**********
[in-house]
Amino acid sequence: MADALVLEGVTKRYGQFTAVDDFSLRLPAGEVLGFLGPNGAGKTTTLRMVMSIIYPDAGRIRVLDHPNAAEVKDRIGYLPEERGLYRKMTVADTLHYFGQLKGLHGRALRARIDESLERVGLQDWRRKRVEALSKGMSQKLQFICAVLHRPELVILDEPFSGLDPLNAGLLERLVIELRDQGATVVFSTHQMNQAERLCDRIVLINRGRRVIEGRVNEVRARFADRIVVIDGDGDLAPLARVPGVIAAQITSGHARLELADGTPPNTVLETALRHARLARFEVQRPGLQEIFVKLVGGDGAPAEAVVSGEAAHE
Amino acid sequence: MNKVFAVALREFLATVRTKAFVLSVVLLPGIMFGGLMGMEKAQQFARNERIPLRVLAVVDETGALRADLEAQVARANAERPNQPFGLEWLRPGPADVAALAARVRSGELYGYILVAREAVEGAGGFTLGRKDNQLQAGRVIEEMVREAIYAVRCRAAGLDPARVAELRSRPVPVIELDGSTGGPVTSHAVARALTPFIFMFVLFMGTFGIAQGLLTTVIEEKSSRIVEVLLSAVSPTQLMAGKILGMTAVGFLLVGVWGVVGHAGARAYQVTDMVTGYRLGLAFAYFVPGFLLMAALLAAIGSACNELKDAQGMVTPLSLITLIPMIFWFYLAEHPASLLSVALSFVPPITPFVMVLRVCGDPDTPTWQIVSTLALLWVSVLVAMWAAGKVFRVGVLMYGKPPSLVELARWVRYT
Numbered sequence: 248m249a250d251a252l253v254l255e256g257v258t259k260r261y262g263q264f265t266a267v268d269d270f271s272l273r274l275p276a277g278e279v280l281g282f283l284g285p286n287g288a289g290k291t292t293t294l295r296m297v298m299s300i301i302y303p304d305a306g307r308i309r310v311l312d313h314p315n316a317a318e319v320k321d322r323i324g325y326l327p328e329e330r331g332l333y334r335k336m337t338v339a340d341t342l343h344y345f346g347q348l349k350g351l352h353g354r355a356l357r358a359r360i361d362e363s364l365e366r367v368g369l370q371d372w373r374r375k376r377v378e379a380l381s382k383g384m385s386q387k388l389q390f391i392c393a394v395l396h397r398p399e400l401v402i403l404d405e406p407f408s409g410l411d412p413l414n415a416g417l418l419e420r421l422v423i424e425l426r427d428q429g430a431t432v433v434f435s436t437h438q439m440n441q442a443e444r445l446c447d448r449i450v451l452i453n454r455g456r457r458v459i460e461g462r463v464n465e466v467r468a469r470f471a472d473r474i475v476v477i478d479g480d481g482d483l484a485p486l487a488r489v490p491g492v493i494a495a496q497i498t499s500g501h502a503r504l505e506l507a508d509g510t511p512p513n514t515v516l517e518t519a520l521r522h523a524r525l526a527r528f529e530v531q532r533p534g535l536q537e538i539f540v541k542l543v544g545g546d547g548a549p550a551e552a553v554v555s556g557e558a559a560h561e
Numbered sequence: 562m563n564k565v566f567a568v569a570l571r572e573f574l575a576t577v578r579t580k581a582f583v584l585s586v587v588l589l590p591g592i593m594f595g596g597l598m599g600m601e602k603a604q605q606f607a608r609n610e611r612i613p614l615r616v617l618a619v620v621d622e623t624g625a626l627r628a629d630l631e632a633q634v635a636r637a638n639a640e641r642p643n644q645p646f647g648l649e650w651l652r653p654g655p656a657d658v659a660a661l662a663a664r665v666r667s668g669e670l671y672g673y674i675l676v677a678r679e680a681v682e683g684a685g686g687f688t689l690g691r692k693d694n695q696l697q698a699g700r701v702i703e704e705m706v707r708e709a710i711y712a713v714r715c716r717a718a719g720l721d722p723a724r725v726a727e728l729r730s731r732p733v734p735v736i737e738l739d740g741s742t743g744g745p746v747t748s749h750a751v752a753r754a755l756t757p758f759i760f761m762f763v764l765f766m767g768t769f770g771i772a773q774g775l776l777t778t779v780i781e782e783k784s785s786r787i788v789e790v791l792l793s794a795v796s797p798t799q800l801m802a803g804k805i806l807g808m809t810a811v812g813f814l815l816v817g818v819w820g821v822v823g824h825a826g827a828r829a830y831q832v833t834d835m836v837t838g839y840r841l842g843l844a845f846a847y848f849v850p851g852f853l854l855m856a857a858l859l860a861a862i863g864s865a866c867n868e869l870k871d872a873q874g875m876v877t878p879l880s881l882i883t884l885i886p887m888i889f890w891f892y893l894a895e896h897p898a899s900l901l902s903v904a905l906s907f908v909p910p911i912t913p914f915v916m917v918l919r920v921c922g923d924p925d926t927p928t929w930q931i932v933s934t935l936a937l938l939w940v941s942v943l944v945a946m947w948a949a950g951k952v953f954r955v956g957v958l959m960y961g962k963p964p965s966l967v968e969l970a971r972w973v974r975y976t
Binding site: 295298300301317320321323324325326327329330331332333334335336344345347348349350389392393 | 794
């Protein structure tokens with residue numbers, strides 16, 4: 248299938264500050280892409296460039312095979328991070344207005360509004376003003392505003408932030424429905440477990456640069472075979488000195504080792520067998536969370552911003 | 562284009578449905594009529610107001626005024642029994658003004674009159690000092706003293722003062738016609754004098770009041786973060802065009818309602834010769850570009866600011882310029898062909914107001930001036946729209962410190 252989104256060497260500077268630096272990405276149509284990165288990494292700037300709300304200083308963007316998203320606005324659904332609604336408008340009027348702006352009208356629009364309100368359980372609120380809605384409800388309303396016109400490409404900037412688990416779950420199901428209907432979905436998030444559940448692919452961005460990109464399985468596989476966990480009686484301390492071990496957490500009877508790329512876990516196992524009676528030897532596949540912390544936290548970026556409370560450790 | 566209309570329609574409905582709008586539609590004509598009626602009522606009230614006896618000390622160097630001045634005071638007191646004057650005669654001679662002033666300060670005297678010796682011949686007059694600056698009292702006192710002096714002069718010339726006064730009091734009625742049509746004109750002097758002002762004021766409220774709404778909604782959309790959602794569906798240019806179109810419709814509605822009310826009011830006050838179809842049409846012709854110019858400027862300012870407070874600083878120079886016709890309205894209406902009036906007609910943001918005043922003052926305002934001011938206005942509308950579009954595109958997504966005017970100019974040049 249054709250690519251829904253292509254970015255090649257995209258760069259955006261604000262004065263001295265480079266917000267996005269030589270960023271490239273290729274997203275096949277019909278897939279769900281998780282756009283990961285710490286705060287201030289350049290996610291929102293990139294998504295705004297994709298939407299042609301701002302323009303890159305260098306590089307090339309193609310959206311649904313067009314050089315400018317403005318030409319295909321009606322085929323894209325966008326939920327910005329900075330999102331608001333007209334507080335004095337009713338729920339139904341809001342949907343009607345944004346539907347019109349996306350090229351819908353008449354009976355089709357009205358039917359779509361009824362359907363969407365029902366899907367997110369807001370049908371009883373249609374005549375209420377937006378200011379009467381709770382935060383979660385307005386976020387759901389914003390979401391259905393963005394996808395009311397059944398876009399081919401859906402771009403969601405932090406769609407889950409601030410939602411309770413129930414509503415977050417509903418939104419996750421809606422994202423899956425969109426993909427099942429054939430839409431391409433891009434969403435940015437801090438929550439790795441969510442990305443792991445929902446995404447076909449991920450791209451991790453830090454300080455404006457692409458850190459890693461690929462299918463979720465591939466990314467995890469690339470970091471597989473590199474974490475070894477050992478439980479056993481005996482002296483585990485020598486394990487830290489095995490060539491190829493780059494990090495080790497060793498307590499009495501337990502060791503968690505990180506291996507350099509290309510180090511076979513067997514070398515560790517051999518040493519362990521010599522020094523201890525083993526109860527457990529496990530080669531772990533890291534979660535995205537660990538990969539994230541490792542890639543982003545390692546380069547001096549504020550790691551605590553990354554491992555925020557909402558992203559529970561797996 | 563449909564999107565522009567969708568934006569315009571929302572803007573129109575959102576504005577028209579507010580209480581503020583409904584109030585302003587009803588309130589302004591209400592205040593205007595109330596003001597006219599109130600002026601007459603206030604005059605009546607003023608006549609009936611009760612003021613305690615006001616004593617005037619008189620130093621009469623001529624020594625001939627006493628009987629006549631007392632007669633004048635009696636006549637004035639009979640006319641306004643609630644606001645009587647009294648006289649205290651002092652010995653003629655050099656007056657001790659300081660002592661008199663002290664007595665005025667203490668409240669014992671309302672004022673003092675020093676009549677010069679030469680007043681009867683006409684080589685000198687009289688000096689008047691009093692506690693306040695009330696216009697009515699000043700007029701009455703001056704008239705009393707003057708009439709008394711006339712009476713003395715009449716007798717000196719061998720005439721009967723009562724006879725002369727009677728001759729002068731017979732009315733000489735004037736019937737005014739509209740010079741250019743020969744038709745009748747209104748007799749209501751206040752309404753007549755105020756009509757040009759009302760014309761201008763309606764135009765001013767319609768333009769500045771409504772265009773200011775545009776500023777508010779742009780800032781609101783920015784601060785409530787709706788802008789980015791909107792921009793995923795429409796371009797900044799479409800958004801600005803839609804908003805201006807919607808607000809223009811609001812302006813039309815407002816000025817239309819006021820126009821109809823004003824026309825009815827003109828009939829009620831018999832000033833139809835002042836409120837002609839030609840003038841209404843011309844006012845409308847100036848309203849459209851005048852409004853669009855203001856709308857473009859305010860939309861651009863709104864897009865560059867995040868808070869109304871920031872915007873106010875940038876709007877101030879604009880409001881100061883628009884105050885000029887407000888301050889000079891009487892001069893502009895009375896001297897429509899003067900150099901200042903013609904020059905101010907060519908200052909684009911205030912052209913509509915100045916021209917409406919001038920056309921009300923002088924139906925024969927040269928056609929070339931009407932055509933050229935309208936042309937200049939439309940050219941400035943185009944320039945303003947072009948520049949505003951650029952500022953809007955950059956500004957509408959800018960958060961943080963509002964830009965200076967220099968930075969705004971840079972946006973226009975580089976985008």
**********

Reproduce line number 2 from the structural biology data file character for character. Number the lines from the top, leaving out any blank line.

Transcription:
Amino acid sequence: MADALVLEGVTKRYGQFTAVDDFSLRLPAGEVLGFLGPNGAGKTTTLRMVMSIIYPDAGRIRVLDHPNAAEVKDRIGYLPEERGLYRKMTVADTLHYFGQLKGLHGRALRARIDESLERVGLQDWRRKRVEALSKGMSQKLQFICAVLHRPELVILDEPFSGLDPLNAGLLERLVIELRDQGATVVFSTHQMNQAERLCDRIVLINRGRRVIEGRVNEVRARFADRIVVIDGDGDLAPLARVPGVIAAQITSGHARLELADGTPPNTVLETALRHARLARFEVQRPGLQEIFVKLVGGDGAPAEAVVSGEAAHE